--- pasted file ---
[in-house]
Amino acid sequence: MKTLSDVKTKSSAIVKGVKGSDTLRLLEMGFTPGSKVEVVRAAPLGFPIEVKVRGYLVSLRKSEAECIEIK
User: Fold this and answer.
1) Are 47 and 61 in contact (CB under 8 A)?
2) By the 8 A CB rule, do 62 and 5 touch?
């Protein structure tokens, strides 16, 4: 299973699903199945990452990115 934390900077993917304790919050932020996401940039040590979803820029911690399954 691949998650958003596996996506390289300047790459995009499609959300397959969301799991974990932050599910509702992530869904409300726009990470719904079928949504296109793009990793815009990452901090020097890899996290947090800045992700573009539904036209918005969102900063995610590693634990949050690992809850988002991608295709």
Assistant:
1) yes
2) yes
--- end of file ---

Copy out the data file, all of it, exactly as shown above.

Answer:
[in-house]
Amino acid sequence: MKTLSDVKTKSSAIVKGVKGSDTLRLLEMGFTPGSKVEVVRAAPLGFPIEVKVRGYLVSLRKSEAECIEIK
User: Fold this and answer.
1) Are 47 and 61 in contact (CB under 8 A)?
2) By the 8 A CB rule, do 62 and 5 touch?
């Protein structure tokens, strides 16, 4: 299973699903199945990452990115 934390900077993917304790919050932020996401940039040590979803820029911690399954 691949998650958003596996996506390289300047790459995009499609959300397959969301799991974990932050599910509702992530869904409300726009990470719904079928949504296109793009990793815009990452901090020097890899996290947090800045992700573009539904036209918005969102900063995610590693634990949050690992809850988002991608295709």
Assistant:
1) yes
2) yes